So the coolest thing about being sick and having to do phone calls right now is having to add “it’s not the coronavirus” to every single conversation. I’m also currently taking a sick day - the first, if I’m correct, since at the latest last year, but I can’t find any evidence of me having taken one since 2018. That’s probably healthy, right? The problem with doing a job on the computer is that the actual physical barrier to work is very low, even if you’re not focused/feeling like garbage. Hell, I’m currently lying in bed typing this up, because I still have words in my brain even if my nose is blocked and my throat feels like I swallowed a frog.
Thanksgiving Plans and The Pressure Of Family
Tomorrow I embark on my greatest caper yet - smoking a turkey. It’s already seasoned and brined, and I already have it thawing (since Saturday, because it’s a big boy). I’m going to use this recipe which appears to be a basic slow smoke then generic 350 degree firing in the smoker which could be done in the oven if I had to. The one comment everyone makes is that they burned their turkey because they didn’t use a thermometer. Amateur hour. I’ve got four thermometers, hell, I technically have seven. I’ll stick them everywhere. I’ll put them in my own ear.
But for real, folks, there seems to be a “thing” going around, and this is just one example, of people talking about Thanksgiving food being bad.
I get it, you have space on your feed, you haven’t posted in 2 minutes, and you must find a new post or the bus that you are riding on will explode. You must post - and thus you will say something that will get people mad at you. It worked, I’m writing a newsletter talking about it - but you’re not the only one making this point. The classic argument is that the food isn’t good, you’re just associating good memories with the food and thus vastly overrating the quality of said food. The classic argument against these people is that they live in a family of bad cooks, and they are yet to try good turkey, or stuffing, or what have you.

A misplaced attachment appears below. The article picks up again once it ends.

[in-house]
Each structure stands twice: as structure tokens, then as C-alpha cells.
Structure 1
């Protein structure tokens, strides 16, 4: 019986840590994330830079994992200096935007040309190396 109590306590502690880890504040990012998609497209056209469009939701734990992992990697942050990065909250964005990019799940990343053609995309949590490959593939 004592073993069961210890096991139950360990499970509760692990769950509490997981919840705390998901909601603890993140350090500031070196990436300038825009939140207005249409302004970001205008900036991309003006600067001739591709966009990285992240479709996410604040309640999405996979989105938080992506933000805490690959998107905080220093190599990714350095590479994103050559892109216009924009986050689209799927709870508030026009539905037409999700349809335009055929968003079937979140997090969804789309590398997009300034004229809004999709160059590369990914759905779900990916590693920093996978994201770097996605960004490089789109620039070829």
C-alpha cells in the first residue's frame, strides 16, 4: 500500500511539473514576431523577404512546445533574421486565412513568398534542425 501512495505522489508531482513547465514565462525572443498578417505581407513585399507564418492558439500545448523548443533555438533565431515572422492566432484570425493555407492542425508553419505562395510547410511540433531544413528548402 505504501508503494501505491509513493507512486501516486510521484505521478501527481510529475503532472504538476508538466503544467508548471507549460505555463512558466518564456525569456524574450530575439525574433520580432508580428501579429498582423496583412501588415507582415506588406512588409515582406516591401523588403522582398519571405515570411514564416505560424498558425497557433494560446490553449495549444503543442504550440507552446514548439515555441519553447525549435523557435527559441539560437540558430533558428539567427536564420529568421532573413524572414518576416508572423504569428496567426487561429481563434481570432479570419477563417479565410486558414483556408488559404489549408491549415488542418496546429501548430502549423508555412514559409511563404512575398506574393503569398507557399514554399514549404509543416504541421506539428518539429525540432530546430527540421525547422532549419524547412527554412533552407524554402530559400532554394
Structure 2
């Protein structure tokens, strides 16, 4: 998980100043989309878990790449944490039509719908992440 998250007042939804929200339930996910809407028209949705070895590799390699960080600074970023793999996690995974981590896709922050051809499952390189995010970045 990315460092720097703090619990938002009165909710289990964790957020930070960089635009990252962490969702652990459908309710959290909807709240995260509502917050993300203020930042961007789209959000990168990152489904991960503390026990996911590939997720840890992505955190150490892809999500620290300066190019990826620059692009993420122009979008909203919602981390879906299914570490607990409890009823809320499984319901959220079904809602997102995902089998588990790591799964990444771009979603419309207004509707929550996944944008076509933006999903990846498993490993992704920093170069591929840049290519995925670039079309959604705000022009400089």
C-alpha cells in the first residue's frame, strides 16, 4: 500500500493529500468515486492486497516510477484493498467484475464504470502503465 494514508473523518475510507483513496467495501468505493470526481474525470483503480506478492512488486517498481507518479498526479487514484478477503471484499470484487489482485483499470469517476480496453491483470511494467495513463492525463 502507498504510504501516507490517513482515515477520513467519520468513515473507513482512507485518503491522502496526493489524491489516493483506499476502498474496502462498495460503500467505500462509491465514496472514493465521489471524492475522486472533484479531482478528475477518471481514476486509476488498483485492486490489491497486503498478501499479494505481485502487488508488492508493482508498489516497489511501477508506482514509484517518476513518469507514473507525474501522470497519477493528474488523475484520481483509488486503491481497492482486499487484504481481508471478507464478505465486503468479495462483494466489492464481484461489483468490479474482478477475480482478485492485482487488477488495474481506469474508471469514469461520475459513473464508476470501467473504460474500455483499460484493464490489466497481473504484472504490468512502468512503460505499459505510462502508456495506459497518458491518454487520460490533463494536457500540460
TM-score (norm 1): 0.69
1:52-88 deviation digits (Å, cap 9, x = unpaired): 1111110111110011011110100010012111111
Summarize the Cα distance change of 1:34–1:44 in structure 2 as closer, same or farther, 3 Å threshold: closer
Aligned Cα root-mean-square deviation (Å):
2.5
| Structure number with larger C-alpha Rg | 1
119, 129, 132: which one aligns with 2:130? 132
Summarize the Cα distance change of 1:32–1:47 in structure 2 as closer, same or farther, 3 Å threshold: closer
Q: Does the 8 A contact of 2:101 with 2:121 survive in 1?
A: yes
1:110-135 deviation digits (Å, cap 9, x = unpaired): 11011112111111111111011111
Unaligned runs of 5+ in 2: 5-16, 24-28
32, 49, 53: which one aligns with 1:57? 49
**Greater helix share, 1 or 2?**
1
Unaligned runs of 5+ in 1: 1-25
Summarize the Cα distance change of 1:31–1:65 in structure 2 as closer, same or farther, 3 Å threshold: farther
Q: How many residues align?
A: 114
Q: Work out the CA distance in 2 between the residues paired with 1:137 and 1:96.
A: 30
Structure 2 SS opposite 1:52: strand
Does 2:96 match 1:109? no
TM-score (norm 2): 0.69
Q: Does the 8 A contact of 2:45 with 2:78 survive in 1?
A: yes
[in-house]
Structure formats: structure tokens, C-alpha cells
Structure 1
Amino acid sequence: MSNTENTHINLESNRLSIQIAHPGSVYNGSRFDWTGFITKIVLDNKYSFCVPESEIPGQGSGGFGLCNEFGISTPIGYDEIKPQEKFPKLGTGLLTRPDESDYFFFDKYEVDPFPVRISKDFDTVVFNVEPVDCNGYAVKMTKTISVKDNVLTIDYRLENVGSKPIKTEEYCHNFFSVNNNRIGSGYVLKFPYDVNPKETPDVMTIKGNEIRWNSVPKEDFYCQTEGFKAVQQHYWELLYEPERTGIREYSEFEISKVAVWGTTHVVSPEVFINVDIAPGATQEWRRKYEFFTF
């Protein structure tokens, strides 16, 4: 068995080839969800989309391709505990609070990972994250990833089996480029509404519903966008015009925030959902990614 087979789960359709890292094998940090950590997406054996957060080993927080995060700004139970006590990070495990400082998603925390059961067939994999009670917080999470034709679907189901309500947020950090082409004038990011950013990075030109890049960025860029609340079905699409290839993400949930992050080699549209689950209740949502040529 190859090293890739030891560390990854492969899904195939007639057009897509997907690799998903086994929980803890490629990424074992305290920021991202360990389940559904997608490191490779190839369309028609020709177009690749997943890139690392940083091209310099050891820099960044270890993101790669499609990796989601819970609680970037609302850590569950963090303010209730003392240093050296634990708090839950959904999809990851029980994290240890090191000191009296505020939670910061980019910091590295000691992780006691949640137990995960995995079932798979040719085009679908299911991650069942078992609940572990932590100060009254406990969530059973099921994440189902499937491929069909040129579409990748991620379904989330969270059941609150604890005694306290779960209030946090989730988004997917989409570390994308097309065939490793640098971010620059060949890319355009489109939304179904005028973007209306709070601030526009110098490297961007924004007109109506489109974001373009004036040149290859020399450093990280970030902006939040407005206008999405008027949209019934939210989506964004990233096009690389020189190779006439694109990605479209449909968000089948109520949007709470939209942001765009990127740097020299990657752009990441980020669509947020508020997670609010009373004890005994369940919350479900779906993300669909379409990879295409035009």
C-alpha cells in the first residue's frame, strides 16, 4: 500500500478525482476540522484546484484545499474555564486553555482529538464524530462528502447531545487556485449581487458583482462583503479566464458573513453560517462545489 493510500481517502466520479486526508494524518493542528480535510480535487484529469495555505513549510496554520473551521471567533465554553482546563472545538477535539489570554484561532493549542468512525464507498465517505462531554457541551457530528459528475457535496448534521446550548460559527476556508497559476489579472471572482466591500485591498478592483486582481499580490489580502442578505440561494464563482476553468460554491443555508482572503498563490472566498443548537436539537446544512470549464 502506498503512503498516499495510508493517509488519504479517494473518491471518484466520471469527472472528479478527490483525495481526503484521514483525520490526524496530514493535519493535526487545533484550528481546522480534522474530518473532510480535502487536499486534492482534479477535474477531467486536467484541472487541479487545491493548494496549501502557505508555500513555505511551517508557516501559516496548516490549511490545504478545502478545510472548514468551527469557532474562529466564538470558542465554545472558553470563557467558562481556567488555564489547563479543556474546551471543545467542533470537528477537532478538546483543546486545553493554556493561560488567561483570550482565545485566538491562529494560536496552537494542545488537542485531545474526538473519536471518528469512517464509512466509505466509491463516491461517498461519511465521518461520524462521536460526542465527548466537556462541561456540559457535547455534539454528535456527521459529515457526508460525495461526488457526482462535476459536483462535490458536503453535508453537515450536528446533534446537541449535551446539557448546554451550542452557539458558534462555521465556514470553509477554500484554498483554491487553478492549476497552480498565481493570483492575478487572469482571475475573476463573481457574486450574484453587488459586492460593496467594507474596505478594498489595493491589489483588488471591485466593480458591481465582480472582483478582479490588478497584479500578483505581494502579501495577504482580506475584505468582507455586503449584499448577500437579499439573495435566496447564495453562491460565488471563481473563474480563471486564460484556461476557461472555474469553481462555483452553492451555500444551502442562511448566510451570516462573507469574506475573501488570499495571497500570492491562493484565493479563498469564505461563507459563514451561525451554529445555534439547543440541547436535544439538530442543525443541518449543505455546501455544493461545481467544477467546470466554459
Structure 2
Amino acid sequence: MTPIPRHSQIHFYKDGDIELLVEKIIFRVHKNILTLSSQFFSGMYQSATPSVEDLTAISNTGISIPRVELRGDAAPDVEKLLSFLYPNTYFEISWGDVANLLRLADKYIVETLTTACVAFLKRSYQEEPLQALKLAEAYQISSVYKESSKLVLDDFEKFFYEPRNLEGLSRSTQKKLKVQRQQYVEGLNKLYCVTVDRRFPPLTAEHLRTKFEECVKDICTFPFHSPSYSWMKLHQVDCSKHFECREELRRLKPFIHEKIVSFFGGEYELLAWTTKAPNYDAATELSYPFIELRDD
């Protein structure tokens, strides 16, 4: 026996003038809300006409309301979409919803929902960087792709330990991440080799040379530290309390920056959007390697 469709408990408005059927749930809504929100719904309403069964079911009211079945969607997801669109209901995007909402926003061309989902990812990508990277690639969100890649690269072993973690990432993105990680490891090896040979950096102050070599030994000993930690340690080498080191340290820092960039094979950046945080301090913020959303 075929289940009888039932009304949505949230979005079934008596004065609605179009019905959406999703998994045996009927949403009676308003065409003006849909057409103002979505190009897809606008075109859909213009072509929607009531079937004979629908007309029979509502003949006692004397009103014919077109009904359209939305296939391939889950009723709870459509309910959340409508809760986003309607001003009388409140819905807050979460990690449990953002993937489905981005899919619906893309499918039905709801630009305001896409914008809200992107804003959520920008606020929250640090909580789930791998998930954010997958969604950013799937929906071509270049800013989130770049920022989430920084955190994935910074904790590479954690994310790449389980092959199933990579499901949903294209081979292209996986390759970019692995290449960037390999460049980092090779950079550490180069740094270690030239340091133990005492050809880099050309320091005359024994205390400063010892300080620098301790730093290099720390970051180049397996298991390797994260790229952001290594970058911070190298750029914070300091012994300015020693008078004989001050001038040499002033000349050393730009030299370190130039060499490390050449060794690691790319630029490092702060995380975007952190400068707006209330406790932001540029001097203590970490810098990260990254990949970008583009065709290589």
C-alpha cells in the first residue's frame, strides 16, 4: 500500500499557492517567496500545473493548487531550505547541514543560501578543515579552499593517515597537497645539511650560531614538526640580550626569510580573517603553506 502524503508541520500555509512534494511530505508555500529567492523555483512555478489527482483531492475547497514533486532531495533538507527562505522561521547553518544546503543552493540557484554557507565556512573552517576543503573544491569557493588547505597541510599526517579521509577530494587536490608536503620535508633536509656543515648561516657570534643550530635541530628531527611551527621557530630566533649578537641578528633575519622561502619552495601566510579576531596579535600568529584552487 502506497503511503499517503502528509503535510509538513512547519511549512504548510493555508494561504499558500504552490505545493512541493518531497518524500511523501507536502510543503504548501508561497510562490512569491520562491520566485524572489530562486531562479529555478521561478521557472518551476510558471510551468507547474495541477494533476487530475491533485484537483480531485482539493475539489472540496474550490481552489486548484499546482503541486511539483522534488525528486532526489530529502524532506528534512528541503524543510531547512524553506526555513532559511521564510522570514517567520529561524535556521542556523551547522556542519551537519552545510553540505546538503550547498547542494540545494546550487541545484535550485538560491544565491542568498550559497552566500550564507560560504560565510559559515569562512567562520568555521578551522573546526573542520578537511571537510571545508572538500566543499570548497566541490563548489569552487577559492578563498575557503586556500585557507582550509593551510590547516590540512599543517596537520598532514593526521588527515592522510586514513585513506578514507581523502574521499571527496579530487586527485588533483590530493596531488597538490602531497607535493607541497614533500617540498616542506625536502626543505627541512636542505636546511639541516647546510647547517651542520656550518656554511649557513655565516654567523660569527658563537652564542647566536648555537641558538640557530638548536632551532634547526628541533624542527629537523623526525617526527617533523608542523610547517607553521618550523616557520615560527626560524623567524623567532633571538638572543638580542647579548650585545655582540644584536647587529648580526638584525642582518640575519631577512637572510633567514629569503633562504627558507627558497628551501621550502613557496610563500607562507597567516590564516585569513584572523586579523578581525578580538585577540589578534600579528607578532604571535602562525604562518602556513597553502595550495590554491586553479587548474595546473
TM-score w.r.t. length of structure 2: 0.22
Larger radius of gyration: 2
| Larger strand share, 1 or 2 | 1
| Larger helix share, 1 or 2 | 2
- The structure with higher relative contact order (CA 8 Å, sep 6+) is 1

The annoying thing is that I believe both can be true.
I do believe that people overrate certain kinds of food, or drinks, based on the emotional context and experience around them. I absolutely adore an icy cold bud light at a football game. It tastes better. It goes down smoother. It’s probably because I have fond memories of spending time with friends watching games and drinking it. The same goes for diner coffee - it always evokes a particular feeling for me, a warmth of friendship (and a literal warmth of coffee) whenever I taste what is most likely the aftertaste of an uncleaned Bunn coffee maker. Coffee in Vegas casinos tastes a particular way - again, I imagine there’s an emotional context, a memory locked in each cup that says “you’re having a good time, you’re free to eat, drink and be merry.”
I do not think that is happening with Thanksgiving. Really great turkey is truly distinct and delicious. The right combination of Thanksgiving foods in one mouthful - gravy, mashed potato, turkey - is amazing, and unique. I also have had really great Thanksgivings eating absolutely awful food, just the driest turkey, anemic mashed potato, total garbage, and I’ve had a great time. I also didn’t grow up in America - I moved here when I was 22, unless you count the year or so I spent at Penn State, and I had two Thanksgivings that year (I do not remember the food, I was also 140lbs so I didn’t eat a lot).
I think that this reductive, stupid argument that Ken Tremendous and others are making is just a way of trying to create an argument, but also sound smart. Oh we’re conditioned to enjoy that food, this is society. It isn’t society you fuckin’ dingbat. If you’re conditioned to enjoy food that was bad because of good memories, that’s how the human brain works. Taste/smell are powerfully attached to memory. If you had bad Thanksgivings you may hate turkey for that reason. Trying to make everything into some powerful political statement about how we’re all sheep is just boring.